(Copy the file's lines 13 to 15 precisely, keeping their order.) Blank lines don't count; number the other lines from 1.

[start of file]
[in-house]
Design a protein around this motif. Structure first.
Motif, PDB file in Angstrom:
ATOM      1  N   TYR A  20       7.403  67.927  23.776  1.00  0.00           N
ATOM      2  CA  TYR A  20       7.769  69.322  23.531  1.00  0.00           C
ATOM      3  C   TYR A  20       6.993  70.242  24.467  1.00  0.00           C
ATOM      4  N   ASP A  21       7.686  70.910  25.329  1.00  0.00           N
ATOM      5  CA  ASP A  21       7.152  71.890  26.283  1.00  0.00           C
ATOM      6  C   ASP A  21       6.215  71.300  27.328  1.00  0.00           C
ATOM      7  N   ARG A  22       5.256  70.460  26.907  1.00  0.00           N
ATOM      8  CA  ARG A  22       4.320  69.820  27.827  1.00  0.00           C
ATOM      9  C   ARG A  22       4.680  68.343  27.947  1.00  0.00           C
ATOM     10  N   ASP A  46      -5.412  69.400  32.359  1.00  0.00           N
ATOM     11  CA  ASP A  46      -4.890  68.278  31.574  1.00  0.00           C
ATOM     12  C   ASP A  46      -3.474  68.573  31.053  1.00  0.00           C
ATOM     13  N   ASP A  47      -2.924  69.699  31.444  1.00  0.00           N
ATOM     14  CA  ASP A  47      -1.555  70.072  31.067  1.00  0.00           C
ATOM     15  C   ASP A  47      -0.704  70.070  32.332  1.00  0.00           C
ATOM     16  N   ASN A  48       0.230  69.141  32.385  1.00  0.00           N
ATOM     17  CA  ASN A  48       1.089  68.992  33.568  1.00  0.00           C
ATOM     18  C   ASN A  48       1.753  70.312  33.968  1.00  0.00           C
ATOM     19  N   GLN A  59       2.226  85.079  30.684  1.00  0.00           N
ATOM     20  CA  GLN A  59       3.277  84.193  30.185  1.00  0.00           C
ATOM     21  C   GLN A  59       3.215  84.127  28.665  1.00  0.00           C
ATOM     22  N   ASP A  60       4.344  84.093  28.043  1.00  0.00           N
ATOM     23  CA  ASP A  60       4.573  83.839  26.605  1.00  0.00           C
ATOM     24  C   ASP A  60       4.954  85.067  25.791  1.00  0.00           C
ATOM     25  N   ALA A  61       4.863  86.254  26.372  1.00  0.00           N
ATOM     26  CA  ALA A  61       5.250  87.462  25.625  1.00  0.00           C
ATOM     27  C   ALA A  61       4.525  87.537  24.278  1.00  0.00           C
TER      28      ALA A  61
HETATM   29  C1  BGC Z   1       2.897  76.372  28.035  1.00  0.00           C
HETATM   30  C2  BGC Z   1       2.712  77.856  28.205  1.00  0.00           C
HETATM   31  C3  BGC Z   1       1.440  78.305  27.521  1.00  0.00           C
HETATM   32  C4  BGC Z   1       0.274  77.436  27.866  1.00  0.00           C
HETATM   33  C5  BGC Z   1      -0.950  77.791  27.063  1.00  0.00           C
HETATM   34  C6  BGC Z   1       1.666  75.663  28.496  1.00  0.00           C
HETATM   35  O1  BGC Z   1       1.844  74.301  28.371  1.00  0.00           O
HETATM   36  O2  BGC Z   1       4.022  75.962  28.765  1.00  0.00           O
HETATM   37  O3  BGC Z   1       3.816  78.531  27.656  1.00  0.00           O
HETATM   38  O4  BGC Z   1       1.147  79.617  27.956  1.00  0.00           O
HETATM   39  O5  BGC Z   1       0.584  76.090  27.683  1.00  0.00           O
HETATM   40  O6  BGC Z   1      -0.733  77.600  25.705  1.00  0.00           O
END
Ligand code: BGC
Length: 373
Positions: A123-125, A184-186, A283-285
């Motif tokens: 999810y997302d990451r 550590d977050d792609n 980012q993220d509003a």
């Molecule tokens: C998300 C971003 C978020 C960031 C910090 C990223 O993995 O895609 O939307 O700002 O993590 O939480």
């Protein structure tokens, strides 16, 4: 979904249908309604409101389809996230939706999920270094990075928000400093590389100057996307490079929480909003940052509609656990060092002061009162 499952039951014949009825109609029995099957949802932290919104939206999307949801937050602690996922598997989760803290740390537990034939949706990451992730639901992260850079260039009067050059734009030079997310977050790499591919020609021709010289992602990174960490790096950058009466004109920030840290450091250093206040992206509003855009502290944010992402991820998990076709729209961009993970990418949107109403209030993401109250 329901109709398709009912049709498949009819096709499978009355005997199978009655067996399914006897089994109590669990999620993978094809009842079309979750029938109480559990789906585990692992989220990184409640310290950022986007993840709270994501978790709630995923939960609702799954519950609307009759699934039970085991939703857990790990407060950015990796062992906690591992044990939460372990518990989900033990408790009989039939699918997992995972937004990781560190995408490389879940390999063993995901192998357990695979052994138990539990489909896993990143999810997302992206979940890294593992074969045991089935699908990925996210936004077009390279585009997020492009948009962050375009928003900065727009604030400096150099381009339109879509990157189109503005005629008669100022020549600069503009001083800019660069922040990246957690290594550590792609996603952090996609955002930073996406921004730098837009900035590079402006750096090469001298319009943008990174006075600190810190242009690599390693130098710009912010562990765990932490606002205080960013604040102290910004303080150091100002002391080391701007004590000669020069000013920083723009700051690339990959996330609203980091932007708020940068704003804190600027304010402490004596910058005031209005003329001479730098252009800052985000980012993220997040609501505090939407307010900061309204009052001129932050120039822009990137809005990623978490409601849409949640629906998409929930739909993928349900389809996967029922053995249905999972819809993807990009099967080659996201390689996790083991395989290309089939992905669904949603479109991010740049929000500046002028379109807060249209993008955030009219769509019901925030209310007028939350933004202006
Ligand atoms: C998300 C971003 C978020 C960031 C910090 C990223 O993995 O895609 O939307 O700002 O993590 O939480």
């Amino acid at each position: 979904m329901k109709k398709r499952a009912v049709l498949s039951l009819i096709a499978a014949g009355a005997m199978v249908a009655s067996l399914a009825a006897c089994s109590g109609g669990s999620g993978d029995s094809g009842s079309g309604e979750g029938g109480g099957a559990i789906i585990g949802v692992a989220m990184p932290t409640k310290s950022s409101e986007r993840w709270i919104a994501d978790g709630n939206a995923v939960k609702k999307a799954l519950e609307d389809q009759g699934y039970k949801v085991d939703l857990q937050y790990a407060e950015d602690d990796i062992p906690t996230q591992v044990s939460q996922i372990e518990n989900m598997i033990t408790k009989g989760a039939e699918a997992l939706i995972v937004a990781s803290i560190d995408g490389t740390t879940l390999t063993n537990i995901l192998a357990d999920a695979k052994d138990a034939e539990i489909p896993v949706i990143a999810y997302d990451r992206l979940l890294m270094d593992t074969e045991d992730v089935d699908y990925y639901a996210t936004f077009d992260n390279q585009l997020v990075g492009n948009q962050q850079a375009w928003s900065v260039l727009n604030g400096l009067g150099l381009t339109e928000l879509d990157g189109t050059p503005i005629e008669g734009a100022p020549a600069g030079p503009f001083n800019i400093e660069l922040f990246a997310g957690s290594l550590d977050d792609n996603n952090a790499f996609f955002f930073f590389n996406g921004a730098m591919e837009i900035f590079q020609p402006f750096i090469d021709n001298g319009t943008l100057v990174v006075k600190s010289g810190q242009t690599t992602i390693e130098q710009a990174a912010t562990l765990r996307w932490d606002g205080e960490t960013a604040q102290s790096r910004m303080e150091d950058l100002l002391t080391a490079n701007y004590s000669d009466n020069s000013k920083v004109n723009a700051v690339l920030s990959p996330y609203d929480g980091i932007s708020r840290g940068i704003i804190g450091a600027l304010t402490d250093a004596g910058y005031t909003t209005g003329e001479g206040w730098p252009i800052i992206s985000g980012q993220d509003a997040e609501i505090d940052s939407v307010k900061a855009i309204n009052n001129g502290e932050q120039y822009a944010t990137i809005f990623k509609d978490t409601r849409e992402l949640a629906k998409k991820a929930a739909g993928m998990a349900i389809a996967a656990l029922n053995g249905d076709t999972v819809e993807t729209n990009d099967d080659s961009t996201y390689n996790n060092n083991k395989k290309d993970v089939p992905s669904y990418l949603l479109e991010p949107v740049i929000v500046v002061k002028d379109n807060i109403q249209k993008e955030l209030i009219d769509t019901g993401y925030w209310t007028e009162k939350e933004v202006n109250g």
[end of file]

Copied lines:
ATOM     10  N   ASP A  46      -5.412  69.400  32.359  1.00  0.00           N
ATOM     11  CA  ASP A  46      -4.890  68.278  31.574  1.00  0.00           C
ATOM     12  C   ASP A  46      -3.474  68.573  31.053  1.00  0.00           C